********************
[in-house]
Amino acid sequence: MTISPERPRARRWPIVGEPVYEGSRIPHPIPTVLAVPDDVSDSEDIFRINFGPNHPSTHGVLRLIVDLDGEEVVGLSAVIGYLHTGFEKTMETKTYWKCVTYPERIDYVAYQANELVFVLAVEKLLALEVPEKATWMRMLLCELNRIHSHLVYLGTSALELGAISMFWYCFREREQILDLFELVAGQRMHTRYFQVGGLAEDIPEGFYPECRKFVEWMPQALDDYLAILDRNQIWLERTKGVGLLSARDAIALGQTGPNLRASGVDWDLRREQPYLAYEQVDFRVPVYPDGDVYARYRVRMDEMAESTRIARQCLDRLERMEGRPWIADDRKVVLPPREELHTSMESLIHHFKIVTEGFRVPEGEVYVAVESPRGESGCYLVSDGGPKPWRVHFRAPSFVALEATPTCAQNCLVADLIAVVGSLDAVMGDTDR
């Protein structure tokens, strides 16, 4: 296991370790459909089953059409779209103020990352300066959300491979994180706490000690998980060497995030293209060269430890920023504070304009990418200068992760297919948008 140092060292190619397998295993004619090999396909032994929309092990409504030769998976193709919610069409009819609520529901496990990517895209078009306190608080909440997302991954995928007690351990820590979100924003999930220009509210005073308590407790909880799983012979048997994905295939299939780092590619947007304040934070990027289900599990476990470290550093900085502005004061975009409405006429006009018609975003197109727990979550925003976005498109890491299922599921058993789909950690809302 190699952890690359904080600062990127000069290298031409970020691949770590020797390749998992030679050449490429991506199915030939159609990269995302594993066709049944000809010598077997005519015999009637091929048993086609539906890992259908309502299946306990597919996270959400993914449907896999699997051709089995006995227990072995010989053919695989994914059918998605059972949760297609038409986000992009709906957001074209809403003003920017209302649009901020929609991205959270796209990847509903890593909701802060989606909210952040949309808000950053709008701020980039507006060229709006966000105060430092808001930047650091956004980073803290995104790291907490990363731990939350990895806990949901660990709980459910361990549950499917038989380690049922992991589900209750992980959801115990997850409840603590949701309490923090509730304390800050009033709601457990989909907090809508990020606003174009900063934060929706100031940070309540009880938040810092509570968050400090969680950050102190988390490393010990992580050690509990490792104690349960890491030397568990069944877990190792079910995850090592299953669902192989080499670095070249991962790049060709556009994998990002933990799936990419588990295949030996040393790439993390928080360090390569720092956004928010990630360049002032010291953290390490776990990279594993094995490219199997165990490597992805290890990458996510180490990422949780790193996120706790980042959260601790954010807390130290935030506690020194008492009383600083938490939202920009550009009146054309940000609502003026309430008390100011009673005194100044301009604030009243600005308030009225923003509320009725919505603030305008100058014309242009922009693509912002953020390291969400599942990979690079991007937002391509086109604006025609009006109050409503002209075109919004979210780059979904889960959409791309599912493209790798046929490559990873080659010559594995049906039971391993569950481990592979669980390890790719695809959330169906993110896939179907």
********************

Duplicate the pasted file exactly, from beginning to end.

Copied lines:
[in-house]
Amino acid sequence: MTISPERPRARRWPIVGEPVYEGSRIPHPIPTVLAVPDDVSDSEDIFRINFGPNHPSTHGVLRLIVDLDGEEVVGLSAVIGYLHTGFEKTMETKTYWKCVTYPERIDYVAYQANELVFVLAVEKLLALEVPEKATWMRMLLCELNRIHSHLVYLGTSALELGAISMFWYCFREREQILDLFELVAGQRMHTRYFQVGGLAEDIPEGFYPECRKFVEWMPQALDDYLAILDRNQIWLERTKGVGLLSARDAIALGQTGPNLRASGVDWDLRREQPYLAYEQVDFRVPVYPDGDVYARYRVRMDEMAESTRIARQCLDRLERMEGRPWIADDRKVVLPPREELHTSMESLIHHFKIVTEGFRVPEGEVYVAVESPRGESGCYLVSDGGPKPWRVHFRAPSFVALEATPTCAQNCLVADLIAVVGSLDAVMGDTDR
């Protein structure tokens, strides 16, 4: 296991370790459909089953059409779209103020990352300066959300491979994180706490000690998980060497995030293209060269430890920023504070304009990418200068992760297919948008 140092060292190619397998295993004619090999396909032994929309092990409504030769998976193709919610069409009819609520529901496990990517895209078009306190608080909440997302991954995928007690351990820590979100924003999930220009509210005073308590407790909880799983012979048997994905295939299939780092590619947007304040934070990027289900599990476990470290550093900085502005004061975009409405006429006009018609975003197109727990979550925003976005498109890491299922599921058993789909950690809302 190699952890690359904080600062990127000069290298031409970020691949770590020797390749998992030679050449490429991506199915030939159609990269995302594993066709049944000809010598077997005519015999009637091929048993086609539906890992259908309502299946306990597919996270959400993914449907896999699997051709089995006995227990072995010989053919695989994914059918998605059972949760297609038409986000992009709906957001074209809403003003920017209302649009901020929609991205959270796209990847509903890593909701802060989606909210952040949309808000950053709008701020980039507006060229709006966000105060430092808001930047650091956004980073803290995104790291907490990363731990939350990895806990949901660990709980459910361990549950499917038989380690049922992991589900209750992980959801115990997850409840603590949701309490923090509730304390800050009033709601457990989909907090809508990020606003174009900063934060929706100031940070309540009880938040810092509570968050400090969680950050102190988390490393010990992580050690509990490792104690349960890491030397568990069944877990190792079910995850090592299953669902192989080499670095070249991962790049060709556009994998990002933990799936990419588990295949030996040393790439993390928080360090390569720092956004928010990630360049002032010291953290390490776990990279594993094995490219199997165990490597992805290890990458996510180490990422949780790193996120706790980042959260601790954010807390130290935030506690020194008492009383600083938490939202920009550009009146054309940000609502003026309430008390100011009673005194100044301009604030009243600005308030009225923003509320009725919505603030305008100058014309242009922009693509912002953020390291969400599942990979690079991007937002391509086109604006025609009006109050409503002209075109919004979210780059979904889960959409791309599912493209790798046929490559990873080659010559594995049906039971391993569950481990592979669980390890790719695809959330169906993110896939179907």